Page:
Economics Ideas and Institutions in Historical Perspective: Cairú and Hamilton on Trade and Finance
This paper deals with the role of economic ideas in institutional development. Conventional wisdom in Brazilian historiography suggests that, in part, the relative backwarderness of Brazil with respect to the United States was the result of the economic liberalism of its elites, represented by José da Silva Lisboa, the Viscount of Cairú. The paper argues that Cairú’s defense of an open economy, integrated to the world economy, in which agricultural production would prevail over the industrial interests, should be seen as a discourse for landowners and the mercantile class connected to the slave trade. It is also argued that, in contrast to Alexander Hamilton, Cairú and the Brazilian elites had a naive view of public finance that is central to understand the backwarderness of Brazilian financial markets. Political conservatism and a negative view of finance are seen as more relevant than liberalism in explaining the relative backwarderness of Brazil.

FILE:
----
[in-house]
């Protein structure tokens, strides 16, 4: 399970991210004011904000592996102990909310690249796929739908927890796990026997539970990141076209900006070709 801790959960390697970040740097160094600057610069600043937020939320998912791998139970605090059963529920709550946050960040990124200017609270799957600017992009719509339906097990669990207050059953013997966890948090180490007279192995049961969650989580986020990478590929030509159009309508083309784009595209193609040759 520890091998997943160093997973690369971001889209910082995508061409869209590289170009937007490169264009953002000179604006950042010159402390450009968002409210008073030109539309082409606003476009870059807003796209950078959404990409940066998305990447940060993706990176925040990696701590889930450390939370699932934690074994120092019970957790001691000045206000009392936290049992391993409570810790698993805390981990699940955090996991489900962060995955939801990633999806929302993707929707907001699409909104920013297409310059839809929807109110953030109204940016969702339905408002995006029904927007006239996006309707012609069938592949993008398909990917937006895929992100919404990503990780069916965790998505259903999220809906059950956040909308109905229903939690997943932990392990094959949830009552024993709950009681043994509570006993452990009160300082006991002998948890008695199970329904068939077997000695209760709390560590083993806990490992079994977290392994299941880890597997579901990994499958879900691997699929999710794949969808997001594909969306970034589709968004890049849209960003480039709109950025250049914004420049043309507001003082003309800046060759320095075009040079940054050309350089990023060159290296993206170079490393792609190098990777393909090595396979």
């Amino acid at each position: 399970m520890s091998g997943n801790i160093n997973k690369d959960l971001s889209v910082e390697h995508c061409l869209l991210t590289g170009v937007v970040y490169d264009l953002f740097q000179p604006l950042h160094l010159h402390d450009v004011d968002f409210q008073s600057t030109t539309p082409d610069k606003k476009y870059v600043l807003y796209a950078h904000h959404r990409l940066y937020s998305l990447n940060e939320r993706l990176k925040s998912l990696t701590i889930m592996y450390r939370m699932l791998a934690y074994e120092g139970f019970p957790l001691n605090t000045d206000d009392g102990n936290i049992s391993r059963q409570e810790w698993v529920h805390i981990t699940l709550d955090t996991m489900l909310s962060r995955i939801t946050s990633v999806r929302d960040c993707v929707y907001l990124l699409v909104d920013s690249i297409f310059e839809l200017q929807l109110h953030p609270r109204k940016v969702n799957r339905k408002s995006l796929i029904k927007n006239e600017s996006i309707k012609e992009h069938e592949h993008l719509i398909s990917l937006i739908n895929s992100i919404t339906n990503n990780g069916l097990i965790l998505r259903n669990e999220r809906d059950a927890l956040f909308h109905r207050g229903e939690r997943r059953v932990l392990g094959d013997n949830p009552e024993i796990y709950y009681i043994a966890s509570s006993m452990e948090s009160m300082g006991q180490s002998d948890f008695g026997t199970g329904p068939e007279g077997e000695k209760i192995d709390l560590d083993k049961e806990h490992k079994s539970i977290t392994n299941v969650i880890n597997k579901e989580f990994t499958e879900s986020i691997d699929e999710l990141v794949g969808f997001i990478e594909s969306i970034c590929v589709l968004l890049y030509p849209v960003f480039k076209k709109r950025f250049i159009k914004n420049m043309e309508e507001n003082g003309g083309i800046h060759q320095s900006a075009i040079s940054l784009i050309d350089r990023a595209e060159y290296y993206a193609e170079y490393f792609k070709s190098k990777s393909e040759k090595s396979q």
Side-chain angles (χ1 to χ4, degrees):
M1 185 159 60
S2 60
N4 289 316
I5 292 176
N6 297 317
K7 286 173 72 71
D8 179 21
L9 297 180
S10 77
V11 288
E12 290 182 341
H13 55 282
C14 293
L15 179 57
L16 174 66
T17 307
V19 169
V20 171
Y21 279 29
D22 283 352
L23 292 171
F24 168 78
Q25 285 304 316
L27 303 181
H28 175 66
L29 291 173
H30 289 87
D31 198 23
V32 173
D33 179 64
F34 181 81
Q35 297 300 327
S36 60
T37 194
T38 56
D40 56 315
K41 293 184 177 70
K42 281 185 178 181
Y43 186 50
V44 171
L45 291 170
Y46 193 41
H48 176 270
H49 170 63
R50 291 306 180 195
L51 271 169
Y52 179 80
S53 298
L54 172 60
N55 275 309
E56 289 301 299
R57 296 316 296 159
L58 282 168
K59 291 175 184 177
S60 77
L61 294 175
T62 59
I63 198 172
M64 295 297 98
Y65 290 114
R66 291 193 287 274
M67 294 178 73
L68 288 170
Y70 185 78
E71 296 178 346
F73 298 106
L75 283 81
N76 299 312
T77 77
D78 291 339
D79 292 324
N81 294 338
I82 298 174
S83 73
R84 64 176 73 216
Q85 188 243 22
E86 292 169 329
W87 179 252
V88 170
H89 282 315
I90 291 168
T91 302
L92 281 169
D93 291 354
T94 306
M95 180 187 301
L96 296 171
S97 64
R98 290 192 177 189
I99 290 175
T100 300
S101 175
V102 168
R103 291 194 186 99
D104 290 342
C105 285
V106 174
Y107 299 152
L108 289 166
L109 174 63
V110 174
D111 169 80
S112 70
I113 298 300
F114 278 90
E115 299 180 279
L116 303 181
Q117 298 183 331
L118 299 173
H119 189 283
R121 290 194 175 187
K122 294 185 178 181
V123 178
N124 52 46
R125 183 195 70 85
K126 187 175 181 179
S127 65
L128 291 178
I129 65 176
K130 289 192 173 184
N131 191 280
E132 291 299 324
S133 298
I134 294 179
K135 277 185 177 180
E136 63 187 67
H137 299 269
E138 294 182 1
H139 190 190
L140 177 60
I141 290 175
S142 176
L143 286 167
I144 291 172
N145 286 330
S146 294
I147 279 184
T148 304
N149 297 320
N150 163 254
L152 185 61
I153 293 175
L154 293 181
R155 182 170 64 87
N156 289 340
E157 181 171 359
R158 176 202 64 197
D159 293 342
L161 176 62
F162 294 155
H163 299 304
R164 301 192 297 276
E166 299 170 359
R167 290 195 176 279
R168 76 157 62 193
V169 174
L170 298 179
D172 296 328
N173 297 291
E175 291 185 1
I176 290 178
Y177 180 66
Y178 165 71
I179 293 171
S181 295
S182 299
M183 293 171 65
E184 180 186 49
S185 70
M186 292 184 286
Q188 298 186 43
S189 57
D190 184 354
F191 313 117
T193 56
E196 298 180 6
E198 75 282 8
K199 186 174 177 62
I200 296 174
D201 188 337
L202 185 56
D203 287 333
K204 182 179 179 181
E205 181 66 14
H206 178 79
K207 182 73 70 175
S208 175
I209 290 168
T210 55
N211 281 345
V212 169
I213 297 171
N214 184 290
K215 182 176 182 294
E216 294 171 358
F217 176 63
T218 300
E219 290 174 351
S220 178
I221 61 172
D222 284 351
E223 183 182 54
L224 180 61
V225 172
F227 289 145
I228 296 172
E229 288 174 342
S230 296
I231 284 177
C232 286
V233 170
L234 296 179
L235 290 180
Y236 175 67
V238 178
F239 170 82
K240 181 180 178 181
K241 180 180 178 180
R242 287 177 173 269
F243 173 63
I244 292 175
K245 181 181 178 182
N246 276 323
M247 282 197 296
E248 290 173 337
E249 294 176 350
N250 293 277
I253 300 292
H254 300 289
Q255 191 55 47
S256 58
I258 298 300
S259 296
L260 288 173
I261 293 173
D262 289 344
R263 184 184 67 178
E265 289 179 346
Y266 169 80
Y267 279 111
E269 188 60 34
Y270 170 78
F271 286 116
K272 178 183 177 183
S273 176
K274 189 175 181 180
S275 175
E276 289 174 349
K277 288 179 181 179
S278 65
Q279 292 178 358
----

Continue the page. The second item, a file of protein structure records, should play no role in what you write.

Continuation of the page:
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|Date of creation:||2005|
|Publication status:||Published in Esteban Perez and Matias Vernengo (eds.), Ideas, Policies and Economic Development in the Americas, New York: Routledge, 2007|
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